21 May 2016

Annotated Game #158: Openings that aren't as bad as you think

The next tournament game features a provocative opening from my opponent (White), which however unusual, was not in fact bad.  This is a common theme in tournament play, where it can be easy to underestimate your opponent based on an unfamiliar or goofy-looking opening choice.  This can be as early as the opening move (1. b4!?) or, as in the below game, an early divergence.  These lines need to be evaluated critically and carefully and not simply dismissed as inferior, especially if your opponent has experience playing their pet lines.

In this game, the divergence comes quite early (3. g4) and is aggressive in nature, so had to be taken seriously; passive moves that diverge from standard "book" ones are obviously less of a threat.  I responded unevenly to the challenge and would have benefited from playing more according to opening principles, as shown in the annotations.  Among other things, I should have focused more on checking tactics in the openings (a recent theme) and concentrating on development and a central breakthrough once my opponent's king was stranded in the center.  Despite a flash of brilliance (moves 22-23) which should have led to a win, I let the game slip away and also missed a chance to win the resulting king and pawn endgame.  All in all, a very uneven performance, but I also give credit to my opponent, who played significantly stronger than his rating.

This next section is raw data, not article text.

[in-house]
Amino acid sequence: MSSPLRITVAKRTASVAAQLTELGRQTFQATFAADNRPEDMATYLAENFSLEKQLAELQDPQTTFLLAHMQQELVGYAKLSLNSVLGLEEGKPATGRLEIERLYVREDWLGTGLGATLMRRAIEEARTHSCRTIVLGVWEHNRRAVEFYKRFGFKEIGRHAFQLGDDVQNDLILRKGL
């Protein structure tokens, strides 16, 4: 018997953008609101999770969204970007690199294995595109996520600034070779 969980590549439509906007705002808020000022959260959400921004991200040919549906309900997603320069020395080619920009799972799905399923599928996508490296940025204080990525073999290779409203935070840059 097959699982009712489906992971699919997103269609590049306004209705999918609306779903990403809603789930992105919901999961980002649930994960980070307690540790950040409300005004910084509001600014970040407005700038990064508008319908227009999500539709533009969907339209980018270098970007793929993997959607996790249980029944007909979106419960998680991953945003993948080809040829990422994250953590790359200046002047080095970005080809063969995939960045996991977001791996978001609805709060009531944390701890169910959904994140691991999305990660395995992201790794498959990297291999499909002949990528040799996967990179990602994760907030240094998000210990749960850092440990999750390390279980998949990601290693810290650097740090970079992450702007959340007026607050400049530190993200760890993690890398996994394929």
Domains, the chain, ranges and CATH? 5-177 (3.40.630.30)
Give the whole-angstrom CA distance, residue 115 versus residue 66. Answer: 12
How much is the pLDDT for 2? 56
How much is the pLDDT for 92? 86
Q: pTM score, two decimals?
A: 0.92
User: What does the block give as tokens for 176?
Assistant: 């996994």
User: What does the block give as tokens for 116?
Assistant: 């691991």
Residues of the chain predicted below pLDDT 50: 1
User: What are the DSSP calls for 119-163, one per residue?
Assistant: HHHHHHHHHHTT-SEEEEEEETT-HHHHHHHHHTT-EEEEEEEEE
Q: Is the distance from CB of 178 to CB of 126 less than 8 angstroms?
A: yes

[Event "?"] [Site "?"] [Date "????.??.??"] [Round "?"] [White "Class D"] [Black "ChessAdmin"] [Result "1/2-1/2"] [ECO "D00"] [Annotator "ChessAdmin/Komodo 8"] [PlyCount "94"] {D00:1 d4 d5: Unusual lines} 1. d4 d5 2. e3 Bf5 {played early to avoid White getting in Bd3 first. This has the disadvantage of allowing the game continuation, however.} 3. g4 {although this looks like a strictly beginner move, it's not as bad as it seems at first glance.} Be4 {the obvious "retreat" (forward) for the bishop, provoking the next move.} 4. f3 Bg6 5. h4 h6 (5... h5 6. g5 e6 7. Bd3 Bxd3 8. Qxd3 Bd6 9. f4 Ne7 10. Ne2 Nf5 11. Nd2 O-O 12. Nf3 c5 13. b3 Nc6 14. c3 a6 15. Bd2 b5 16. O-O c4 17. Qc2 Qc7 18. b4 a5 19. a3 Ra6 20. a4 axb4 21. axb5 b3 22. Qb2 Rxa1 23. Rxa1 Na7 24. Qb1 Nxb5 25. Bc1 Qb7 26. Kf2 Ra8 27. Rxa8+ Qxa8 28. Bb2 Ba3 29. Ba1 Nbd6 30. Ng3 Nxg3 31. Kxg3 Ne4+ 32. Kg2 b2 33. Bxb2 Qb7 {0-1 (33) Budrewicz,H (1603)-Mietek,L (1959) Mazowsze 2009}) 6. h5 Bh7 7. Bd3 Nf6 {a slightly unusual idea, but it gets Komodo's approval. The more conventional ...Bxd3 would also be fine, but I didn't want to leave White having the only piece developed and more space.} 8. c4 (8. Ne2 c5 $11) (8. Bxh7 Nxh7 $11 {controlling the g5 square is actually a valuable mission for the knight here}) 8... e6 {played as an "obvious" move, in order to develop the dark-square bishop. In the game I mis-evaluated the capture on d3 as benefiting White more, by developing the queen, but this is simply not the case. Taking on c4 and making the bishop effectively waste a tempo by recapturing is also a good option.} (8... Bxd3 9. Qxd3 Nc6 $11) (8... dxc4 9. Bxc4 e6 $11) 9. c5 $6 {this is a classic Class player mistake. The pawn chain is over-extended and can be immediately challenged and broken...although unfortunately this is not something I do.} (9. Bxh7 Rxh7 10. cxd5 Nxd5 $11) 9... Be7 {again played automatically, although it is not bad in itself.} (9... Bxd3 10. Qxd3 b6 11. cxb6 (11. b4 a5 $17) 11... axb6 $17 {Black will now be able to challenge for central control and gain space with ...c5, while the dark-square bishop will find a good home on d6 or e7 and help dominate the dark squares.}) 10. Nc3 Nc6 {again, not a bad move, but I am simply not understanding the needs of the position (challenge the advanced c-pawn and trade off the Bd3, as in the previous variation).} 11. Nge2 e5 {this is a bit premature.} (11... Bxd3 12. Qxd3 O-O {better prepares Black for the central struggle.}) 12. Bxh7 Nxh7 13. Qb3 {this was very annoying and something that I had not spotted, which resulted from a failure to check tactics in the opening phase. Now I place too much emphasis on the material, rather than development, which is a mistake. The fact that White's king is in the center should signal that development and a quick central breakthrough is the key to the position.} Bh4+ $6 {taking advantage of White's dark-square holes, but in a premature way. The major problem with the move is that the Qd8 is now tied to the Bh4's defense.} (13... O-O $5 14. Qxd5 (14. Qxb7 $6 Qd7 15. Qb3 Rad8 $17 {with ... Ng5 to follow, giving Black major pressure in the center and the kingside.}) 14... Bf6 {and Black has full compensation for the pawn, for example} 15. Qxd8 Raxd8 16. dxe5 Nxe5 17. O-O Rfe8 18. Kg2 Nd3 $11) 14. Kd1 $14 O-O $6 {this would now allow a legitimate snatch of the b7 pawn by White, but my opponent does not take advantage of the opportunity.} (14... exd4 {can be played immediately.} 15. exd4 Rb8 16. Qxd5 Bf2 17. Bf4 Bxd4 18. Qxd8+ Kxd8 $14) 15. Nxd5 $6 {taking the wrong pawn.} (15. Qxb7 exd4 16. exd4 Qf6 17. Rxh4 Qxh4 18. Qxc6 $16) 15... exd4 $15 16. e4 {although the previous move correctly supported the Nd5, the d4 pawn is now a thorn in White's side.} Na5 (16... Nf6 $5 {bringing the knight back into play is better, as the b7 pawn is tactically protected. For example} 17. Qxb7 $4 Nxd5 18. exd5 Qxd5 $19 {and Black is dominant.}) 17. Qd3 Be7 $2 {played to get the bishop out of the line of fire, but ignoring White's potential threat.} (17... c6 $5 18. Ndf4 b6 $11) 18. b4 ( 18. Bf4 $1 Bxc5 19. Bxc7 Qd7 20. Bxa5 Qa4+ 21. Kc1 Qxa5 22. a3 Qa6 23. Qxa6 bxa6 $16 {gives White an easy plus, as Black finds the d4 pawn hard to protect and has doubled a-pawns.}) 18... Nc6 $11 19. Bb2 {threatening the d-pawn, but this is not so critical.} (19. Bf4 $5 {is best, but no longer packs the same punch as in the previous variation.} a5 20. Bxc7 Qd7 $11 {and White has too many things to worry about (the b4 pawn, the c7 bishop, etc.) to be able to consolidate the pawn advantage. Not to mention that his king is stuck in the center.}) 19... Nf6 $15 20. Nxe7+ {my opponent understands that simply capturing the d-pawn is not good, but this actually makes things worse for him. Part of his problem is that the Qd3 is hanging, giving Black some tactical ideas.} (20. Nxd4 Nxd5 21. Nxc6 bxc6 22. exd5 Rb8 $17) 20... Qxe7 $17 21. a3 $2 {an obvious move, to reinforce the b-pawn, but now Black's forces swing into action.} (21. Ng3 $5 $17) 21... Ne5 22. Qb3 d3 $19 23. Nd4 Nxf3 $1 {this should have been the winning move, cracking open the center.} 24. Qxd3 (24. Nxf3 $2 Qxe4) 24... Nxd4 25. Bxd4 Rad8 26. Kc2 Nxg4 $17 {obvious, but not best. Conceptually, it would be better to bring other pieces into the attack first. Also, White has an obvious response that generates a threat.} (26... Qe6 $5 27. Rhe1 $19) (26... Rfe8 $19) 27. Rhg1 Rxd4 $6 {this was unnecessary.} (27... Qe6 $5 $17 {is something that I completely missed, a subtle queen move that solves Black's problems.}) 28. Qxd4 $15 Rd8 29. Qxd8+ Qxd8 30. Rxg4 {at this point I started thinking draw, although the engine shows an advantage for Black. Queen endings are tricky in general. In this case, I had an ideal one, with White's king being in the open and lots of space for my queen to maneuver.} Qd4 31. Rag1 Qf2+ (31... Kf8 $5 $17) 32. Kb3 Qd4 {showing a lack of imagination.} ( 32... Qf3+ 33. Ka4 Kf8 34. Rxg7 Qxe4 $17) 33. Rxg7+ Qxg7 {heading for a drawn K+P ending.} 34. Rxg7+ Kxg7 35. e5 $2 {I knew this was a mistake, although I didn't take full advantage of it. The pawn is unsupported and can be traded off to Black's benefit.} (35. Kc4 $5 $11 {might be a viable alternative}) 35... f5 (35... f6 $1 36. exf6+ Kxf6 $19) 36. Kc3 {correctly not exchanging.} Kf7 37. Kd4 Ke6 38. a4 $2 {unfortunately my lack of endgame familiarity leads me to miss the win.} (38. b5 c6 39. a4 f4 $15) 38... f4 (38... a6 $19 {and Black gets the upper hand.}) 39. Ke4 f3 40. Kxf3 Kxe5 41. Kg4 b6 (41... c6 $5 42. Kf3 a6 43. Ke3 Kf5 44. Kd4 Kf4 45. b5 a5) 42. c6 (42. cxb6 cxb6 43. a5 b5 $15) 42... a5 (42... a6 $5 $15) 43. b5 $11 {and now there's no escaping the draw, for either player.} Ke4 44. Kg3 Ke3 45. Kg4 Ke4 46. Kg3 Ke3 {Twofold repetition } 47. Kg4 Ke4 1/2-1/2